It may be odd to talk about how one might approach development activity when we are in the depths of a real estate market abyss, unless we discuss the issues for purposes of enabling a company to better prepare itself for times like these in the future.

The Federal Reserve is engaging in such proactive preventative measures, proposing now to adopt rules cracking down on shady lending practices in an attempt to prevent a future mass mortgage crisis.

Never mind the hypocrisy of the Fed’s recent liberalization of its own lending practices that will certainly cost all taxpayers dearly in years to come – bailing out investment firms, Freddie Mac and other institutions … but enough about the Fed.

Real estate developers can, to a degree, determine their own fate. I asked an officer of a successful residential development company how the company is doing amid the current slowdown, and he replied, “Better than most of our competitors. We should survive – we’ve made it a policy to never borrow our equity.”

You might ask, “What did he mean by that?” In essence, he meant that they project realistic end-product sales prices for their proposed projects or lots, determine realistic land acquisition and construction/development costs and having determined the prospect for profit margin between the realistic sales price and realistic costs, they limit their borrowing to the costs – or less.

They do not, as some foundering contractors and developers may have done, build a “reasonable profit” component into the loans they obtain similarly to the way a residential lot owner’s loan for construction of his own house would include funds for the reasonable profit of his hired builder.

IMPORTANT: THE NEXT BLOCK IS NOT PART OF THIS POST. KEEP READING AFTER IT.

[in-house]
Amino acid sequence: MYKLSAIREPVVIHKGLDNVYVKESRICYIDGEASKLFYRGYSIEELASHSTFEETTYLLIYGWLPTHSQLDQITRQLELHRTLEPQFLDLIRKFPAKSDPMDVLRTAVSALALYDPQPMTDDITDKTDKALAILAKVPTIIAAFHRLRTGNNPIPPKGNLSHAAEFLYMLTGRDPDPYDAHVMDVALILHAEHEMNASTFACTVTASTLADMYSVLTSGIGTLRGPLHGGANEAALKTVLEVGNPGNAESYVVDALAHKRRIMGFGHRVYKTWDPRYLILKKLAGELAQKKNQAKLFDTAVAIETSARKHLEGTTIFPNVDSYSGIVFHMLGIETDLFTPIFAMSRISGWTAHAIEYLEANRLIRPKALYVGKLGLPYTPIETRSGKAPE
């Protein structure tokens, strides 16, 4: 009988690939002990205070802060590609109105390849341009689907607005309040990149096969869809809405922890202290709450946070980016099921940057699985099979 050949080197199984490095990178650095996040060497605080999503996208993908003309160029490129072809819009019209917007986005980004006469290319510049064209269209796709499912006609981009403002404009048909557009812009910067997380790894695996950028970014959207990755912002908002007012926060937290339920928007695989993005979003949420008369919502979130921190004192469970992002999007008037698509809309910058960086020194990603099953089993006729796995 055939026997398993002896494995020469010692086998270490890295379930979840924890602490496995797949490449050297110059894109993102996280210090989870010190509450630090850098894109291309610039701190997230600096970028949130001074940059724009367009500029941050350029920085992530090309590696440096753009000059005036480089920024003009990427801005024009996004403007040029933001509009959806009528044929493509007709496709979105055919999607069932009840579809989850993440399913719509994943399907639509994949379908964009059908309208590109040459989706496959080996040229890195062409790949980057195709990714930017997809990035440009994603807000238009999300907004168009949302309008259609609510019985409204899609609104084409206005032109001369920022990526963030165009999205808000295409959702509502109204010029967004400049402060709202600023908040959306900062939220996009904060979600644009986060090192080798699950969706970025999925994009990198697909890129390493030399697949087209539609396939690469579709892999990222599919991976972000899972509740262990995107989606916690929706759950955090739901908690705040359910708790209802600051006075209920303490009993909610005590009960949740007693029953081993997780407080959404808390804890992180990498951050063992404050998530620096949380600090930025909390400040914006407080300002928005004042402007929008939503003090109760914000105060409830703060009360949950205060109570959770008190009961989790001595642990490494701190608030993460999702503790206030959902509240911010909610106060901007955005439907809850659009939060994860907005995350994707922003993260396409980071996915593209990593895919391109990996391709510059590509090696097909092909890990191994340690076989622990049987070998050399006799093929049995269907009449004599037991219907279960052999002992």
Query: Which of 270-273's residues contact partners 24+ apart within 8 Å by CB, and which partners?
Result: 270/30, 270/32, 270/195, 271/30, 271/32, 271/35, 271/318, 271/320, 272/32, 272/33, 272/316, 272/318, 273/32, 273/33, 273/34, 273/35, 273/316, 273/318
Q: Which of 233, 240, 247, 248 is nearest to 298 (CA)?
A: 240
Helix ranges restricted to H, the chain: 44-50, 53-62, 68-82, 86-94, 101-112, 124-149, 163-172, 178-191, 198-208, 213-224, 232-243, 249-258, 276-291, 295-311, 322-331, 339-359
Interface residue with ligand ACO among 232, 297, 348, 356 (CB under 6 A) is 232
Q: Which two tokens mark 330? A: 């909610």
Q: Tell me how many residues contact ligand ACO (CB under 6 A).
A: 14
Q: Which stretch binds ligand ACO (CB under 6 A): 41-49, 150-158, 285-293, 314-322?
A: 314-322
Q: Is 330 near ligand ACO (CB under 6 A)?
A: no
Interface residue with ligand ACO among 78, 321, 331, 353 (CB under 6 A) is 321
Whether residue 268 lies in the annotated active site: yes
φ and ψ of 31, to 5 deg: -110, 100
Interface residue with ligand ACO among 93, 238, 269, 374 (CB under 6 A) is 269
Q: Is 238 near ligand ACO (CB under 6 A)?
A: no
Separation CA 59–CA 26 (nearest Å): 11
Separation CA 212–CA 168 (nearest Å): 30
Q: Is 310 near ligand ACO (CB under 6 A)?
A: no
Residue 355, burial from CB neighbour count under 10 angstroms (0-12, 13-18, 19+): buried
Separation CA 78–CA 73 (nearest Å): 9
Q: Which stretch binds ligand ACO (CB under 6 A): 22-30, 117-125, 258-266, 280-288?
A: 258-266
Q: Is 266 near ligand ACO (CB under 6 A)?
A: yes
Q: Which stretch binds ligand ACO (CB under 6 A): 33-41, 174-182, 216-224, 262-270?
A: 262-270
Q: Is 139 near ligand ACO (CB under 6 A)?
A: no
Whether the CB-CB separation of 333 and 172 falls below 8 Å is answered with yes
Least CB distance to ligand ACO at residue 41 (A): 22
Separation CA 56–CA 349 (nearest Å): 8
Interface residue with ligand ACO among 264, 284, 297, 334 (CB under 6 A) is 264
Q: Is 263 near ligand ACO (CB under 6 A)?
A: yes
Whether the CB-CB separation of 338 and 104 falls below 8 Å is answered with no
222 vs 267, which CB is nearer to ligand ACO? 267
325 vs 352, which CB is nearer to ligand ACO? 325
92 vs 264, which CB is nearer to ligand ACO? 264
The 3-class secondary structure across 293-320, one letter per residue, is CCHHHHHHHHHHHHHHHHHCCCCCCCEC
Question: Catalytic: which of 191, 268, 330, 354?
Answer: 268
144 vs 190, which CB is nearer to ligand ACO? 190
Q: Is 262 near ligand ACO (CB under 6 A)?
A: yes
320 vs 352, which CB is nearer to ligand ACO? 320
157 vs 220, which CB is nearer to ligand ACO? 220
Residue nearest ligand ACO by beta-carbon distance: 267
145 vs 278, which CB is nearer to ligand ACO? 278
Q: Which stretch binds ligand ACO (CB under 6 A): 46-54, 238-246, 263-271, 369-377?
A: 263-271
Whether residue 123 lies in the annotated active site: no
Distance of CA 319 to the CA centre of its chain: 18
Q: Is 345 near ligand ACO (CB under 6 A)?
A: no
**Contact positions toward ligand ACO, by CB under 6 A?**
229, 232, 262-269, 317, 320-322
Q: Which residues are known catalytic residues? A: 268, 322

Successful developers do not see the bank loan as their end game, disbursing funds from it for new Cadillac Escalades for each of their family members and counting on 100 percent lot sales to pay off the bank before the loan matures. Their end game is the sale or lease of the developed property for profit – profit being the amount of money they take in from sales over and above their loans and other costs.

Projecting sales and profit takes real skill, planning, and self-control. It is more than pitching a project’s value to a bank at the project’s maximum potential value based on escalating lot prices in an upswinging market, borrowing the maximum amount possible and assuming the debt will be covered by prompt sales – which in manic times appear infinite. Project pro formas should not be substituted by blind trust that the bank’s crystal ball is accurately forecasting the project’s successful payoff of the debt.

There are various methods for evaluating a proposed development and limiting risks. It is conservative borrowing, however, that seems to distinguish the surviving developers – not superior salesmanship to a banker who may, himself, be running to the Fed for a loan, having guessed wrong on projects before.

David W. Meyer is an of-counsel attorney with of Bullivant Houser Bailey PC. Meyer can be reached at 360-737-2301 or This email address is being protected from spambots. You need JavaScript enabled to view it. .

Opinion

Focus Column

Building “failures” and how to avoid them

Building “failures” and how to avoid them

The recent collapses of the I-5 Bridge over the Skagit River and the floor of the Vancouver Warehouse and Distribution C...

“THINK”ing about construction

“THINK”ing about construction

A surprising resource in Clark County is the “THINK!” program, which is a collaboration between the Building Industry As...